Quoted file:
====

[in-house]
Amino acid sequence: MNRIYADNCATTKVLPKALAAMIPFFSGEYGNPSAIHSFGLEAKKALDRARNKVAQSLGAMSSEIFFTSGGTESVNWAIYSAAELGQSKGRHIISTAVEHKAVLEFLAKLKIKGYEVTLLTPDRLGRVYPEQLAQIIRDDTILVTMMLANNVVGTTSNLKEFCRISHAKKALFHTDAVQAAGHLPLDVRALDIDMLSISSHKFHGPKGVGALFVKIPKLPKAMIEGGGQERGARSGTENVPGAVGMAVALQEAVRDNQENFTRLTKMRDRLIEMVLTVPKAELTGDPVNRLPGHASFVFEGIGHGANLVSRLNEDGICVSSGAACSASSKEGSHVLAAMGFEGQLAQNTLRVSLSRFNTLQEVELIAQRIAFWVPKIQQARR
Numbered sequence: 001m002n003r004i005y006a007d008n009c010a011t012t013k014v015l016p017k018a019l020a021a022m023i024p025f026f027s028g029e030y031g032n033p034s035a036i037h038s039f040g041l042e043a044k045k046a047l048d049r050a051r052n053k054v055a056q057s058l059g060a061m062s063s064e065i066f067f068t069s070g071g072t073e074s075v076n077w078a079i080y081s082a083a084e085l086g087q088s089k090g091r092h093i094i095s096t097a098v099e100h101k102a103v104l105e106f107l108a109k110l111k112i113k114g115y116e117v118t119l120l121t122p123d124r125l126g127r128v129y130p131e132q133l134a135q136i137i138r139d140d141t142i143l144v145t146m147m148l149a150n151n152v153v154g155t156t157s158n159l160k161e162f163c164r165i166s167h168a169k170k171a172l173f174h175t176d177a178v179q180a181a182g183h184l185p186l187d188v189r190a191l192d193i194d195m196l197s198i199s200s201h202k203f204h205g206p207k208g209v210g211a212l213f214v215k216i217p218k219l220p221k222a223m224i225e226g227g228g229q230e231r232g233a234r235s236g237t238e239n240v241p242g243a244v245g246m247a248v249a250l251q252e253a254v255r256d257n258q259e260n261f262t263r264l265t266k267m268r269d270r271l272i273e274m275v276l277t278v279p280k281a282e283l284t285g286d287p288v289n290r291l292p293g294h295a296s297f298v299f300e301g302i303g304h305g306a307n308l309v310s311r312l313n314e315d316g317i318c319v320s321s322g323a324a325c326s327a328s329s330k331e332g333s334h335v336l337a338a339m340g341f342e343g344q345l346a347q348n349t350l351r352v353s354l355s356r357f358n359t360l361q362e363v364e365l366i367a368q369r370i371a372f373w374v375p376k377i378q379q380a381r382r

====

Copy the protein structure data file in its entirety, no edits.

[in-house]
Amino acid sequence: MNRIYADNCATTKVLPKALAAMIPFFSGEYGNPSAIHSFGLEAKKALDRARNKVAQSLGAMSSEIFFTSGGTESVNWAIYSAAELGQSKGRHIISTAVEHKAVLEFLAKLKIKGYEVTLLTPDRLGRVYPEQLAQIIRDDTILVTMMLANNVVGTTSNLKEFCRISHAKKALFHTDAVQAAGHLPLDVRALDIDMLSISSHKFHGPKGVGALFVKIPKLPKAMIEGGGQERGARSGTENVPGAVGMAVALQEAVRDNQENFTRLTKMRDRLIEMVLTVPKAELTGDPVNRLPGHASFVFEGIGHGANLVSRLNEDGICVSSGAACSASSKEGSHVLAAMGFEGQLAQNTLRVSLSRFNTLQEVELIAQRIAFWVPKIQQARR
Numbered sequence: 001m002n003r004i005y006a007d008n009c010a011t012t013k014v015l016p017k018a019l020a021a022m023i024p025f026f027s028g029e030y031g032n033p034s035a036i037h038s039f040g041l042e043a044k045k046a047l048d049r050a051r052n053k054v055a056q057s058l059g060a061m062s063s064e065i066f067f068t069s070g071g072t073e074s075v076n077w078a079i080y081s082a083a084e085l086g087q088s089k090g091r092h093i094i095s096t097a098v099e100h101k102a103v104l105e106f107l108a109k110l111k112i113k114g115y116e117v118t119l120l121t122p123d124r125l126g127r128v129y130p131e132q133l134a135q136i137i138r139d140d141t142i143l144v145t146m147m148l149a150n151n152v153v154g155t156t157s158n159l160k161e162f163c164r165i166s167h168a169k170k171a172l173f174h175t176d177a178v179q180a181a182g183h184l185p186l187d188v189r190a191l192d193i194d195m196l197s198i199s200s201h202k203f204h205g206p207k208g209v210g211a212l213f214v215k216i217p218k219l220p221k222a223m224i225e226g227g228g229q230e231r232g233a234r235s236g237t238e239n240v241p242g243a244v245g246m247a248v249a250l251q252e253a254v255r256d257n258q259e260n261f262t263r264l265t266k267m268r269d270r271l272i273e274m275v276l277t278v279p280k281a282e283l284t285g286d287p288v289n290r291l292p293g294h295a296s297f298v299f300e301g302i303g304h305g306a307n308l309v310s311r312l313n314e315d316g317i318c319v320s321s322g323a324a325c326s327a328s329s330k331e332g333s334h335v336l337a338a339m340g341f342e343g344q345l346a347q348n349t350l351r352v353s354l355s356r357f358n359t360l361q362e363v364e365l366i367a368q369r370i371a372f373w374v375p376k377i378q379q380a381r382r